A quarter of Lima’s population isn’t doing as well as its counterparts in the majority are.
That’s at the heart of this week’s series, “Lima in Black and White,” in The Lima News. Blacks in Lima have a lower median income and a higher unemployment rate.
These are statistical facts that, while unpleasant to discuss, must be discussed. They must be understood. They must be solved.
That’s why the newspaper undertook this project, which was instigated by an online statistical analysis that ranked Lima as one of the 10 worst cities for African-Americans.
We understand there are people who don’t think this is news. It isn’t particularly new; we’ve had racial disparity in this city since the beginning. But it is news that the disparity is still this big in 2016.
We also know some don’t necessarily trust the numbers on that online survey. Neither did we.
We spent a lot of time looking over the numbers used by the website. In some cases, its numbers didn’t quite add up to what we found using the same source materials. That didn’t make the numbers meaningless, though. We still found dramatic differences between Lima’s black and white populations. We also saw that Lima has poverty issues among all its populations, including blacks and whites.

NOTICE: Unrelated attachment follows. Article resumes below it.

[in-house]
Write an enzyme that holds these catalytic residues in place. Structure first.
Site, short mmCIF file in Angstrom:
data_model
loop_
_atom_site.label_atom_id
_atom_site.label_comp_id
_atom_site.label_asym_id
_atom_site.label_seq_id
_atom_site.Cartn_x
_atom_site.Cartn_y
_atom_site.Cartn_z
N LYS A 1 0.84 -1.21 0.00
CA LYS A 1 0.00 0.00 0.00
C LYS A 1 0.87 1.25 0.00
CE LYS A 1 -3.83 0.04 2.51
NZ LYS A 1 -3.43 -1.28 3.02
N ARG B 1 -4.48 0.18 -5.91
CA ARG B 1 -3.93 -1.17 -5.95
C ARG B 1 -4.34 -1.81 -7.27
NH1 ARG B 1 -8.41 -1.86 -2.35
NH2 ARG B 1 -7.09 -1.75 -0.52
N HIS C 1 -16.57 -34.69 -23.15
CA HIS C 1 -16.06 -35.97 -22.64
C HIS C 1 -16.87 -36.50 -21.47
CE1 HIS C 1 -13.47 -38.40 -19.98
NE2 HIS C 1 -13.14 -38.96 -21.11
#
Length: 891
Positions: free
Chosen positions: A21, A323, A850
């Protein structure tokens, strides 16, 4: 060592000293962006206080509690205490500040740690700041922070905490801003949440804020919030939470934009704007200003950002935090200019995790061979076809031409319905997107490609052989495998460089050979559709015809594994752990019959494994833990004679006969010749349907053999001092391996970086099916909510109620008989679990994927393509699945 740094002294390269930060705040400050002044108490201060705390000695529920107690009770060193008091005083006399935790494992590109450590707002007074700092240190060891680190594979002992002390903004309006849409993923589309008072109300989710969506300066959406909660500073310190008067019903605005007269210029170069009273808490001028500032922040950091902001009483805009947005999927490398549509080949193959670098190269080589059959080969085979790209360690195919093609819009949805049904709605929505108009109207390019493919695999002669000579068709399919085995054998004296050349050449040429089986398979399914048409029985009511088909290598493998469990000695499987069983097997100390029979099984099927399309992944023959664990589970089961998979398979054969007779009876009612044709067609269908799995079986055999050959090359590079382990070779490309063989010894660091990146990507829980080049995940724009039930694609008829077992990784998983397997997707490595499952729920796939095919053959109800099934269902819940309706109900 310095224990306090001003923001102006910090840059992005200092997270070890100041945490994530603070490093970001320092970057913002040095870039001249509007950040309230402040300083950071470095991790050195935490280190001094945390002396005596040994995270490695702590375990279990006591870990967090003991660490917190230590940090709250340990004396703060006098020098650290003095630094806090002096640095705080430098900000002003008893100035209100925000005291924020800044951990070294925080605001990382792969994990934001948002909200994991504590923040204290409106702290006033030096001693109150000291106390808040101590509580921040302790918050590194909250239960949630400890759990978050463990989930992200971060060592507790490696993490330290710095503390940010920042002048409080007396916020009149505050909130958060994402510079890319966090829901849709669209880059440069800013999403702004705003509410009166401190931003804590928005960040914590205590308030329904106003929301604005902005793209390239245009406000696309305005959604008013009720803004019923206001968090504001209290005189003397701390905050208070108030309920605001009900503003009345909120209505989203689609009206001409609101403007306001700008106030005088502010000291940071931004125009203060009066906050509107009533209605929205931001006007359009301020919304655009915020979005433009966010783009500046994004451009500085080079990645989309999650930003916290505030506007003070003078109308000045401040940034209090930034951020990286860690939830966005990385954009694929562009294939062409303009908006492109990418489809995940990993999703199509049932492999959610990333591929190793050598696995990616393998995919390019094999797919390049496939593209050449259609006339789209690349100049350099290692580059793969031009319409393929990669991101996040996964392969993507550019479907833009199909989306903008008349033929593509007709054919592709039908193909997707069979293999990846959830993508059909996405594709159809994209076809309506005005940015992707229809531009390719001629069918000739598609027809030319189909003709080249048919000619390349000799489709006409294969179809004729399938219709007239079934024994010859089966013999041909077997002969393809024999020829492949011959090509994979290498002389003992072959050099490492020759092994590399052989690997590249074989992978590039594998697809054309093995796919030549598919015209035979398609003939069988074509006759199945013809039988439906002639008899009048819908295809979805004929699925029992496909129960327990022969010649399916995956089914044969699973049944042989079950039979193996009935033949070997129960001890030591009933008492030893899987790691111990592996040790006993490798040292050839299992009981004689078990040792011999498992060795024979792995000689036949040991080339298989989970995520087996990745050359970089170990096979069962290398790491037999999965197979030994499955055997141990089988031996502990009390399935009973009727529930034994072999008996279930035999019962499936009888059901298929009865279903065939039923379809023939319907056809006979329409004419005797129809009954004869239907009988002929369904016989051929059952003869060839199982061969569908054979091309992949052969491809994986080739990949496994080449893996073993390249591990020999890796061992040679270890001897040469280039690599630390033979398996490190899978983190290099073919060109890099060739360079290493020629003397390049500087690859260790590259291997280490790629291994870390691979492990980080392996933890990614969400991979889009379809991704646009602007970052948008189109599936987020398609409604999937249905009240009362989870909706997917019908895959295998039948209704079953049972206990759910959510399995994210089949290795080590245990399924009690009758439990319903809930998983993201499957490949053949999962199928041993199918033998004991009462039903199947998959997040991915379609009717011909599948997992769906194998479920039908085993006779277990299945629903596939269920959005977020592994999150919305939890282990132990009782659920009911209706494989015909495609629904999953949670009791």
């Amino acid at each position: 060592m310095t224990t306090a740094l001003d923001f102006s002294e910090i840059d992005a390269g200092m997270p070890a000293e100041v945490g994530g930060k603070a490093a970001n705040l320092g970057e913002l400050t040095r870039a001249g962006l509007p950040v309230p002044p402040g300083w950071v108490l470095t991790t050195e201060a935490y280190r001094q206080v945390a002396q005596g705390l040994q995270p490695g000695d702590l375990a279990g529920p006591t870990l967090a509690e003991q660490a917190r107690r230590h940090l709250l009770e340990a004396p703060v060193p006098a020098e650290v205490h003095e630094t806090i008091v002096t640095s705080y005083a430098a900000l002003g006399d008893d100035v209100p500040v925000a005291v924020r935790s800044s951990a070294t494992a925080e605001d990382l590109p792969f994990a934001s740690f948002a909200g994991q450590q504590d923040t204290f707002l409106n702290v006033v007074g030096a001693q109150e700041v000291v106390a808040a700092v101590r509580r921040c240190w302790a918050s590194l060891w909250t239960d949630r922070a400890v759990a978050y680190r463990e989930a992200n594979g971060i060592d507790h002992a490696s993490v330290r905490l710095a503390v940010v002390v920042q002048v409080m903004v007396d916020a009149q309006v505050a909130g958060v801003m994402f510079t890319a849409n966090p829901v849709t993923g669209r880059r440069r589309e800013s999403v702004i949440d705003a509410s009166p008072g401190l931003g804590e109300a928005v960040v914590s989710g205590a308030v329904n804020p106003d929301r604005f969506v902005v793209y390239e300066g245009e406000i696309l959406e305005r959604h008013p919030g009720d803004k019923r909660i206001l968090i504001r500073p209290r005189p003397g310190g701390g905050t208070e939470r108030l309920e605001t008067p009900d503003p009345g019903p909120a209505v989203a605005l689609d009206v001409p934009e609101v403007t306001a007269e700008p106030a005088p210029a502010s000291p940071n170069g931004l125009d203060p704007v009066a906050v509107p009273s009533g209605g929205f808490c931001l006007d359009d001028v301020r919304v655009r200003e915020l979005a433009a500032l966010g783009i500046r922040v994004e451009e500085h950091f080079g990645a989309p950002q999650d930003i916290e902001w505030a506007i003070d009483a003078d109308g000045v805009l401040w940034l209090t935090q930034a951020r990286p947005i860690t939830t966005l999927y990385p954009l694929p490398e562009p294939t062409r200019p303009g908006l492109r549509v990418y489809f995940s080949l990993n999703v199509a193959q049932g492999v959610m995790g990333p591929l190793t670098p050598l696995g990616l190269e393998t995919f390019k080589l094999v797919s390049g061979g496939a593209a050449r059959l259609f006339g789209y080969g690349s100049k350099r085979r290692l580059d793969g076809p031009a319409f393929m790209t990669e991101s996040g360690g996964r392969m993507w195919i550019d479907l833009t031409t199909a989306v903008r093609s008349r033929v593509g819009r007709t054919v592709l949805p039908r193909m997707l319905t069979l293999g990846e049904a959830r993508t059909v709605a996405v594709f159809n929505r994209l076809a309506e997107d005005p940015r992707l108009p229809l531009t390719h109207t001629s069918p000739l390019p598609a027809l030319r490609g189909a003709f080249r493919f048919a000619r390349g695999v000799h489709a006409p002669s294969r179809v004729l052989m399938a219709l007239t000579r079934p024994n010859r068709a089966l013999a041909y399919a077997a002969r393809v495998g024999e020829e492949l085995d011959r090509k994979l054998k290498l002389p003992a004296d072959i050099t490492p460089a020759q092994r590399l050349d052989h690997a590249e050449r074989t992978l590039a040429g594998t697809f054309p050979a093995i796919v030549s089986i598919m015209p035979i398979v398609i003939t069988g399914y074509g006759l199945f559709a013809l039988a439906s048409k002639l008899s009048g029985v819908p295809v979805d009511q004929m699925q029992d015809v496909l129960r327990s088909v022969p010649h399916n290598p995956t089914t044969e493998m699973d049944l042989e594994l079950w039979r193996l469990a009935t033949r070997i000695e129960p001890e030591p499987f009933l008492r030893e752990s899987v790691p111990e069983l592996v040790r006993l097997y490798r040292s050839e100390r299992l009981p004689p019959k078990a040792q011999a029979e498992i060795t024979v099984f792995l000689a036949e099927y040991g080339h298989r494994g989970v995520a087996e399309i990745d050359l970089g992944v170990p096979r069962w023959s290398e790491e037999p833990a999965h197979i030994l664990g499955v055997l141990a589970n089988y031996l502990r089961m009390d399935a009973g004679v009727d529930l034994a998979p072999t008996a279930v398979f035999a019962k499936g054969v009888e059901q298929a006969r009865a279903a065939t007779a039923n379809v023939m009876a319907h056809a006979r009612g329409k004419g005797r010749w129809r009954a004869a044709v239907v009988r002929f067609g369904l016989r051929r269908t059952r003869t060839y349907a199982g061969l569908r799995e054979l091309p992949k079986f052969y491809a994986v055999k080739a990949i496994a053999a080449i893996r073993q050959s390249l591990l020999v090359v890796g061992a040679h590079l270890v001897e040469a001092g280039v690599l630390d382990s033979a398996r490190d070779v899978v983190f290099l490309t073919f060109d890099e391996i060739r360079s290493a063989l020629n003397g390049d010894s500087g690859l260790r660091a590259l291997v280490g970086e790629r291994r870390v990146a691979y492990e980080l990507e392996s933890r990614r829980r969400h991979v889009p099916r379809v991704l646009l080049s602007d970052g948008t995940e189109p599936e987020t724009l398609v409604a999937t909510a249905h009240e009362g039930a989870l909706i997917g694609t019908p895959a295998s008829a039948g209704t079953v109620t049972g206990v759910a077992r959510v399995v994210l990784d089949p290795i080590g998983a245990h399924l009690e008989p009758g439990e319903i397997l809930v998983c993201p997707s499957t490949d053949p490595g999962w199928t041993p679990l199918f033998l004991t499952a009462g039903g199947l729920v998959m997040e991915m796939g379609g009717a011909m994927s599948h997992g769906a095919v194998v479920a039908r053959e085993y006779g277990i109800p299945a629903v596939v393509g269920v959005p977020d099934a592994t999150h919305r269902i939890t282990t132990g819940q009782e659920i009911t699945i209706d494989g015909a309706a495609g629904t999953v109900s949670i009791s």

This project has been somewhat difficult to lead at The Lima News. Two of the stories you’ll read this week show there aren’t enough black teachers or black police officers. We must acknowledge our own shortcomings here: We don’t have a single full-time black employee in the newsroom.
We’ll offer the same defense these agencies offered us: It’s not for a lack of trying. We’ve tried to actively recruit black journalists in the past when we’ve had openings. We’ll try in the future too. In many cases, we don’t even know the ethnicity of an employee until they walk in the room. Still, we’re committed to finding the best candidates possible, with an eye to diversity.
The number of Caucasians in the room doesn’t limit our ability to tell these stories. As always, we let our interview subjects tell their stories. We tried to ask them succinct, insightful questions and let us tell them what the stories should say.
They delivered great insight into what it’s like to be black and living in Lima. They opened up to our reporters about the difficulties they face daily that they don’t believe whites in Lima face.
This combination of interviews and statistics gives us a good insight. We’ve carefully reviewed all of it, trying to offer a fair explanation of both.
It’s a newspaper’s responsibility to challenge the status quo, especially when it finds disparity between one group of people and another. We hope our readers thoughtfully consider the topics expressed and help determine a solution.
RECOMMENDED FOR YOU